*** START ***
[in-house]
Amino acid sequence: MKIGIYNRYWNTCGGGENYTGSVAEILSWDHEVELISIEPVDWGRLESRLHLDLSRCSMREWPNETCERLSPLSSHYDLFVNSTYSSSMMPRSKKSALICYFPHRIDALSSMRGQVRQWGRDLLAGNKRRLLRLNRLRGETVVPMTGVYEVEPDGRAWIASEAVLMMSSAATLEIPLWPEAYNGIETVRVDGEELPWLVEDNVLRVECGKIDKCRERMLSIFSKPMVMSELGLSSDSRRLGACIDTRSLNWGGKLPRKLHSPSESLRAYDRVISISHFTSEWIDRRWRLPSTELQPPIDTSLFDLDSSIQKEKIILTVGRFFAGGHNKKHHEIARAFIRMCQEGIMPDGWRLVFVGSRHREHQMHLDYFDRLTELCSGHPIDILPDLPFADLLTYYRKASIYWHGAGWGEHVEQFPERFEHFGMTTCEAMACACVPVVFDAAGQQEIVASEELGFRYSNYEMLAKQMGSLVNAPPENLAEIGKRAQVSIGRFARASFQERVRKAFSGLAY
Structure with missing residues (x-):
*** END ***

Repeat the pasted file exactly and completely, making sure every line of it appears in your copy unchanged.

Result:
[in-house]
Amino acid sequence: MKIGIYNRYWNTCGGGENYTGSVAEILSWDHEVELISIEPVDWGRLESRLHLDLSRCSMREWPNETCERLSPLSSHYDLFVNSTYSSSMMPRSKKSALICYFPHRIDALSSMRGQVRQWGRDLLAGNKRRLLRLNRLRGETVVPMTGVYEVEPDGRAWIASEAVLMMSSAATLEIPLWPEAYNGIETVRVDGEELPWLVEDNVLRVECGKIDKCRERMLSIFSKPMVMSELGLSSDSRRLGACIDTRSLNWGGKLPRKLHSPSESLRAYDRVISISHFTSEWIDRRWRLPSTELQPPIDTSLFDLDSSIQKEKIILTVGRFFAGGHNKKHHEIARAFIRMCQEGIMPDGWRLVFVGSRHREHQMHLDYFDRLTELCSGHPIDILPDLPFADLLTYYRKASIYWHGAGWGEHVEQFPERFEHFGMTTCEAMACACVPVVFDAAGQQEIVASEELGFRYSNYEMLAKQMGSLVNAPPENLAEIGKRAQVSIGRFARASFQERVRKAFSGLAY
Structure with missing residues (x-):